The Royal Society’s recent study on the health hazards of depleted uranium found that most soldiers and civilians are unlikely to be exposed to dangerous levels of depleted uranium during and after its use on the battlefield, but concluded that some soldiers might suffer kidney damage and an increased risk of lung cancer if they breathe in substantial amounts of it, for instance inside an armored vehicle hit by a depleted uranium penetrator.
The study also concluded that soil around impact sites of depleted uranium penetrators could be heavily contaminated, and may be harmful if swallowed by children for example. In addition, large numbers of depleted uranium penetrators embedded in the ground might pose a long-term threat to civilians if the uranium leaches into water supplies.
The Royal Society today also called for soldiers exposed to high levels of depleted uranium to be tested for its levels in their bodies. In its latest report, the Society recommended that in any future conflict using DU munitions, measurements of uranium in urine and modern biochemical tests of kidney function should be carried out on soldiers exposed to substantial levels as soon after exposure as practical and at subsequent intervals thereafter.
Prof. Spratt continued: “It is only by measuring the levels of DU in the urine of soldiers that we can understand the intakes of DU that occur on the battlefield, which is a requirement for a better assessment of any hazards to health. It is vital that this monitoring takes place and that it takes place within a matter of months.”
Prof. Spratt also proposed that a sample of soldiers from across the battlefield should be monitored for uranium levels. This would give scientists better data and enable them to determine more accurately the risk to health posed by depleted uranium munitions. In previous studies scientists have relied on mathematical modelling owing to lack of hard data from the battlefield.
Prof. Spratt said: “There are few, if any, validated measurements of the exposures to DU from previous conflicts where DU munitions were used. It is highly unsatisfactory to deploy a large amount of a material that is weakly radioactive and chemically toxic without knowing how much soldiers and civilians have been exposed to it.
“In order to more accurately assess the health risks, it is essential that we measure exposures in a sample of soldiers across the battlefield, not just those who may have had substantial exposures, but also foot soldiers and field hospital staff across Iraq. We also need to know the exposures of Iraqis living in any residential areas where DU munitions were deployed. We believe that exposures to DU will be low for most individuals but we need to take measurements.”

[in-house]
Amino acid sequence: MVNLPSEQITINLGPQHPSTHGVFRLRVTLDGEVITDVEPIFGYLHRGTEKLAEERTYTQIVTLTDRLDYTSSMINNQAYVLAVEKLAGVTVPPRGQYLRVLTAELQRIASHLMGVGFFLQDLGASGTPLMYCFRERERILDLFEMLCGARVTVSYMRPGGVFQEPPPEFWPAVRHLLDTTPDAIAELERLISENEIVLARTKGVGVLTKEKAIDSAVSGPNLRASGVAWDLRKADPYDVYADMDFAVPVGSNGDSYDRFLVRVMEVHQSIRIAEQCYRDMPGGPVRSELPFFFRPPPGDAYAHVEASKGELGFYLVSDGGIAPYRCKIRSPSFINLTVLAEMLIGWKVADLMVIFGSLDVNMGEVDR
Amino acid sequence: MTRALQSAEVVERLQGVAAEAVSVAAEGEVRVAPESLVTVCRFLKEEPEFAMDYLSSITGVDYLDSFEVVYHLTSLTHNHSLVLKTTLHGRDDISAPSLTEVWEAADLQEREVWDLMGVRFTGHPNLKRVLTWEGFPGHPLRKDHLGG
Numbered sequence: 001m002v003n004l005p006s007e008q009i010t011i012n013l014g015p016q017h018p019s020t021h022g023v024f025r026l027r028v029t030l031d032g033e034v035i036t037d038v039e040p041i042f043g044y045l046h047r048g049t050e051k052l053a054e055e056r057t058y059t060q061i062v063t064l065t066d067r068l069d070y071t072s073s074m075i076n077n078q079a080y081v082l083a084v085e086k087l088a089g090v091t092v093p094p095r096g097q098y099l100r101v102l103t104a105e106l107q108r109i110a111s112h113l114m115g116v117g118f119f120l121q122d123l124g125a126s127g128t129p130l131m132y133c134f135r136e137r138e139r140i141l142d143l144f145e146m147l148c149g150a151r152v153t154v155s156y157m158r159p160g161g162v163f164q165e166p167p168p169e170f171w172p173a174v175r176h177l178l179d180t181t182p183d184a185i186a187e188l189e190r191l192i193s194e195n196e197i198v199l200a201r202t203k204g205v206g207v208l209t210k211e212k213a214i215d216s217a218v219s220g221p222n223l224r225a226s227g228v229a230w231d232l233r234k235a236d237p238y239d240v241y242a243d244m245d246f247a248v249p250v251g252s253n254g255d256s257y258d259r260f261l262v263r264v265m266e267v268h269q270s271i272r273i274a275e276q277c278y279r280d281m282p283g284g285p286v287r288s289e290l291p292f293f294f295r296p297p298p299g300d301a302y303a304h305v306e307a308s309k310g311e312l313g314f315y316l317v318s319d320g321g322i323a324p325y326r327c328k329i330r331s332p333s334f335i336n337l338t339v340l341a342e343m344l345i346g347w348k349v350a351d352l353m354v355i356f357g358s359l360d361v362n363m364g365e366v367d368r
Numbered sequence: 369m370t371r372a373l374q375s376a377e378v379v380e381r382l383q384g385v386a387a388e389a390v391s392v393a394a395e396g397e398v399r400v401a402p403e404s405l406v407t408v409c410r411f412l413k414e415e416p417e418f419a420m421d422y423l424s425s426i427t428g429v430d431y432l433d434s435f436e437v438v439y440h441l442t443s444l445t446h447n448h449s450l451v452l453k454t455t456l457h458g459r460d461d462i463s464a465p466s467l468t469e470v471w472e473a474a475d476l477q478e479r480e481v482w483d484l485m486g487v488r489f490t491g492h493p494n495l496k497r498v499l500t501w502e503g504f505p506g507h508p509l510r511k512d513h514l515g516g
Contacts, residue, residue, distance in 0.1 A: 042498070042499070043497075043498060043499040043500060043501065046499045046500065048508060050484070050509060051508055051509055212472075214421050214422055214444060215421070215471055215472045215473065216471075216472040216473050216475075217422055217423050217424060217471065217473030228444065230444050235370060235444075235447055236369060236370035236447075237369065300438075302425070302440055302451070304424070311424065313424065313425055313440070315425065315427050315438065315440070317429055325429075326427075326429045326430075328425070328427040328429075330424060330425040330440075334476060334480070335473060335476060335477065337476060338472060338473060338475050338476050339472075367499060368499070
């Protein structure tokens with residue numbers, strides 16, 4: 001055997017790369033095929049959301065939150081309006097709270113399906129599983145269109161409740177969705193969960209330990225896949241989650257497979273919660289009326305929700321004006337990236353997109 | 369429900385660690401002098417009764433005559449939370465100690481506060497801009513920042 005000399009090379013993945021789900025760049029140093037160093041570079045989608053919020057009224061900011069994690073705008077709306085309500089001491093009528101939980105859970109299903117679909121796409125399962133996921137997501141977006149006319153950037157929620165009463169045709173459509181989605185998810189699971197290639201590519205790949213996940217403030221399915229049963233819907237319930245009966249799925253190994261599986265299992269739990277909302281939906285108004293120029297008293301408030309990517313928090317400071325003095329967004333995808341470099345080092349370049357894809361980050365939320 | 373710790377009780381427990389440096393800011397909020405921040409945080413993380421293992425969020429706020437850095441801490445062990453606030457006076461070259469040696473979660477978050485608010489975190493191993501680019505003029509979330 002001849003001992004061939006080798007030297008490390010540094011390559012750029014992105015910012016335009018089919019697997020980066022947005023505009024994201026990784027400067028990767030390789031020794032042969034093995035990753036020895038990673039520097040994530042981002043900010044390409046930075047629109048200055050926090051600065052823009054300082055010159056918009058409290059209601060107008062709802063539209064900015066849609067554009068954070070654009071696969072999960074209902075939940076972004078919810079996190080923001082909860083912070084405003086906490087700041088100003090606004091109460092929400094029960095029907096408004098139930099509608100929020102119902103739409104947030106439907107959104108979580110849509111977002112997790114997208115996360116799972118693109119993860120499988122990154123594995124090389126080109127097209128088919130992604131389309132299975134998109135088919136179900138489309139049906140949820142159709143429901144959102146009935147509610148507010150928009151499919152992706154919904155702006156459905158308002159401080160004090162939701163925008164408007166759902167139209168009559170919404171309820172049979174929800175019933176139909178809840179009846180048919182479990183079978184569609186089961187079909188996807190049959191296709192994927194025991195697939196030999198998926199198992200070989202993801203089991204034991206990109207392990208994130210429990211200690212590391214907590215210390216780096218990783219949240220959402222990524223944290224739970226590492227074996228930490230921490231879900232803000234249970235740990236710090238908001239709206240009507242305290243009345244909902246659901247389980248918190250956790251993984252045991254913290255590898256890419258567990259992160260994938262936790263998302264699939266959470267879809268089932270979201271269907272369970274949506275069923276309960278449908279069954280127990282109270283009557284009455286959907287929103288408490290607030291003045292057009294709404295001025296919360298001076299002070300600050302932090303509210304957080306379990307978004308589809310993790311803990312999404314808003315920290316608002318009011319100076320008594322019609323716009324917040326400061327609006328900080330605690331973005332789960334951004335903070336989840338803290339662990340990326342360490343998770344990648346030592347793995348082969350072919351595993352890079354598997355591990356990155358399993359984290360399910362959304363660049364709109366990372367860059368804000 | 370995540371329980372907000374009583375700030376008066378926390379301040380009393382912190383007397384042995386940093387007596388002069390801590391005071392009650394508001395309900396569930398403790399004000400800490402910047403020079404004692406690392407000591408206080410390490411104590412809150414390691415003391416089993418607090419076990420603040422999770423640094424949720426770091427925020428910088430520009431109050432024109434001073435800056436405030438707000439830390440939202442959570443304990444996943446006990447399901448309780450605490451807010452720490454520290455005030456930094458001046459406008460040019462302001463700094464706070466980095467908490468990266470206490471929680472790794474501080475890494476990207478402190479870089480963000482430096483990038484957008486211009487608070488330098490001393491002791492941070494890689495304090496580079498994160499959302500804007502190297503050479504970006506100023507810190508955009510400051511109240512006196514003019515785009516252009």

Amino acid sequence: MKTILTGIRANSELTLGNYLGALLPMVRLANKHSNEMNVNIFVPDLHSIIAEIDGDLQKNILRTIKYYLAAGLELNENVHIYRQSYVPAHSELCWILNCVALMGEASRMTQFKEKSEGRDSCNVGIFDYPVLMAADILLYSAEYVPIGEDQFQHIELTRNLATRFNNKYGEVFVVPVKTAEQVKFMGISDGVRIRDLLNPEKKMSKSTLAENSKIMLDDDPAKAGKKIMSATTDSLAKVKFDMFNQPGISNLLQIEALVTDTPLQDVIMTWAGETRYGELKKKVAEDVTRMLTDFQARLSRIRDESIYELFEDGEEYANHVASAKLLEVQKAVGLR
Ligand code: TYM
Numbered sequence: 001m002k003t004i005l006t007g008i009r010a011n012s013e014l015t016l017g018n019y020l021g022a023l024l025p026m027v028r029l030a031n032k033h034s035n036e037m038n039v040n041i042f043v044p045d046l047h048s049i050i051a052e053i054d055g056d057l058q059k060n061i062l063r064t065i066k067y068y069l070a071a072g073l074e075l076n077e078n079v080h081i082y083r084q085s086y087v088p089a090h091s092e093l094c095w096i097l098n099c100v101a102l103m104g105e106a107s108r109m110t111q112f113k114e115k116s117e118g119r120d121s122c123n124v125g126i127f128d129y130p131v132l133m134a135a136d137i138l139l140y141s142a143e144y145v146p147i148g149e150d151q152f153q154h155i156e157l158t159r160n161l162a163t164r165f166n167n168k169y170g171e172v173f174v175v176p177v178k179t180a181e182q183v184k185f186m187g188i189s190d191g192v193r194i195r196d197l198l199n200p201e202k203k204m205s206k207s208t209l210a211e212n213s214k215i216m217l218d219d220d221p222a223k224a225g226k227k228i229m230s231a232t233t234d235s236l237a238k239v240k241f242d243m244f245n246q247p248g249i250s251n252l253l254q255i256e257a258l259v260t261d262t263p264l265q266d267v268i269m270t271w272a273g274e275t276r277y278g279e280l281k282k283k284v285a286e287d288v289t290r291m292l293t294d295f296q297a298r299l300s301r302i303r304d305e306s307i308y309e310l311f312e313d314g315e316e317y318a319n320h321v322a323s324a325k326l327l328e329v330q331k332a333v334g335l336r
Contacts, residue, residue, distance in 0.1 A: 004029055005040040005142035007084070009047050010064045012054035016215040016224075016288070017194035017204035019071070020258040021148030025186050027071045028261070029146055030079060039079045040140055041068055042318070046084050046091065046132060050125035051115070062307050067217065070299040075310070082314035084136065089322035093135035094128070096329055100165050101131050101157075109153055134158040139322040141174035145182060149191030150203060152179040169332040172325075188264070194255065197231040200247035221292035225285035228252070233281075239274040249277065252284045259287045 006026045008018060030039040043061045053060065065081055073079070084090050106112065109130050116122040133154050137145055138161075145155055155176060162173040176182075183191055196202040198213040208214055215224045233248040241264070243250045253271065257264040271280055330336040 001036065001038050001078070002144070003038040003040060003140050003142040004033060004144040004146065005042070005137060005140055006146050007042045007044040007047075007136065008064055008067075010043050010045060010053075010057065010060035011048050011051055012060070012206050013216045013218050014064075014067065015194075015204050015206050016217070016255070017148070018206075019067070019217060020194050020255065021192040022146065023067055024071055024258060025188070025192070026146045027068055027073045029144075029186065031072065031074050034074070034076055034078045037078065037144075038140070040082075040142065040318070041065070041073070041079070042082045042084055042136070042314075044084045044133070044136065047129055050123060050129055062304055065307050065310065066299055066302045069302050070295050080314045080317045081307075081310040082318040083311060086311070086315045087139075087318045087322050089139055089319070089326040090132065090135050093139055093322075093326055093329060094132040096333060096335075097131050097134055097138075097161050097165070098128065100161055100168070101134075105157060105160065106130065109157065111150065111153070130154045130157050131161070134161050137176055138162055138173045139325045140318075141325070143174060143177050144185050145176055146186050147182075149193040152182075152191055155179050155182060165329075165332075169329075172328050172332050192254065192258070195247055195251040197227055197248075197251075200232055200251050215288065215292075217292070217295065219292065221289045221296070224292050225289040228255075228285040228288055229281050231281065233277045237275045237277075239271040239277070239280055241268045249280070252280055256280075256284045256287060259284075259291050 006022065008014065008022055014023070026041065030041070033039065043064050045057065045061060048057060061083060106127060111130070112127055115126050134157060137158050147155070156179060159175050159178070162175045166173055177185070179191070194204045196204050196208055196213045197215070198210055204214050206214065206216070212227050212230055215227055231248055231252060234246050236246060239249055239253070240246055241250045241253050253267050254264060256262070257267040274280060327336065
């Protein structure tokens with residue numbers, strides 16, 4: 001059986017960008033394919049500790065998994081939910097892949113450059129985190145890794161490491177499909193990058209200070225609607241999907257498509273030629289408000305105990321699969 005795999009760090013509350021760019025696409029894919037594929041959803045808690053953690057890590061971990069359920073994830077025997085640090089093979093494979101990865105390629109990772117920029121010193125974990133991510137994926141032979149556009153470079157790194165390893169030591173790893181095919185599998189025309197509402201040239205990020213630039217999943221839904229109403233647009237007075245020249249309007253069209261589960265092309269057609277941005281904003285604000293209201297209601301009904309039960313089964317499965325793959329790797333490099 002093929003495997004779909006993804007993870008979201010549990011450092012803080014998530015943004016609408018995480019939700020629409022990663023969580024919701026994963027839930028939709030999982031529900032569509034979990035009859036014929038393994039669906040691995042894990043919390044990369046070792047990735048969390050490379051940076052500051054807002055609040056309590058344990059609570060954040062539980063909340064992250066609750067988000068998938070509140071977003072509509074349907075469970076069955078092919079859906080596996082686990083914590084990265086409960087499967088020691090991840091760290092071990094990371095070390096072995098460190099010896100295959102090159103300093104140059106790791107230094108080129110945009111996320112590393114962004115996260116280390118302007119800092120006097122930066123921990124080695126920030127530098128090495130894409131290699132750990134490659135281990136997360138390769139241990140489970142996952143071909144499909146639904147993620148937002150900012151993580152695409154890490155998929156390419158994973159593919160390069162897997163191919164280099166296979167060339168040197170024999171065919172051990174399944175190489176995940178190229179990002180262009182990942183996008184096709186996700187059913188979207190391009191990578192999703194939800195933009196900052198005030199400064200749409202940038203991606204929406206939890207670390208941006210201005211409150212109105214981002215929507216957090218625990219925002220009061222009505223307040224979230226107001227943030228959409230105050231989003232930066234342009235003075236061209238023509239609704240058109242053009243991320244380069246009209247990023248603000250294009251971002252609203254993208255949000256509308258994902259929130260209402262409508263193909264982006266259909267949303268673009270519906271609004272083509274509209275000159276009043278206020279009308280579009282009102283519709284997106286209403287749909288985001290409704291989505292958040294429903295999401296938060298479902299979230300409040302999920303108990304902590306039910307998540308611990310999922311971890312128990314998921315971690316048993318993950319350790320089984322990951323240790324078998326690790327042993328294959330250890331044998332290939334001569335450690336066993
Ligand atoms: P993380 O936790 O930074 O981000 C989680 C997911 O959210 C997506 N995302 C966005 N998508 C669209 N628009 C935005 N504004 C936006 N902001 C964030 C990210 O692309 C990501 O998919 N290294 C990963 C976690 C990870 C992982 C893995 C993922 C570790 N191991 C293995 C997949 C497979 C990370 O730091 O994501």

1. This statement coincides with the launch of the report of United Nations Environment Programme’s ‘desk study’ on Iraq’s environment, which also looks at the clean-up of depleted uranium munitions.
2. The Royal Society has published two reports on the health hazards of depleted uranium:
• The health hazards of depleted uranium Part I, published in May 2001 and covering likely exposure levels, radiological effects and epidemiology.
• The health hazards of depleted uranium Part II, published in March 2002 and covering effects from chemical toxicity and environmental impact.
Both reports are available on the Royal Society website:
April 30th, 2003 - by admin
by United Nations Environment Programme –
GENEVA (April 24, 2003) – A new report by the United Nations Environment Programme on environmental conditions in Iraq offers a preliminary assessment of the main environmental threats facing the country and recommends actions for immediate relief and long-term recovery.
The report stresses the need for urgent measures to address humanitarian issues. Priorities should include restoring the water supply and sanitation systems, cleaning-up possible pollution ‘hot spots’ and cleaning-up waste sites to reduce the risk of disease epidemics from accumulated municipal and medical wastes.
Another priority activity should be conducting a scientific assessment of sites struck with weapons containing depleted uranium (DU). The report recommends that guidelines be distributed immediately to military and civilian personnel, and to the general public, on how to minimize the risk of accidental exposure to DU.
“Environmental protection is a humanitarian issue,” said UNEP Executive Director Klaus Toepfer. “Not only do environmental hazards threaten human health and well-being, but they can impede aid operations.”
Additional action is needed to integrate environmental protection into the wider post-conflict clean-up and reconstruction process. Recommendations include conducting environmental impact assessments, using environmentally friendly technologies for major reconstruction projects and maximizing the exchange of information between key stakeholders to avoid accidental further risks to human health and the environment.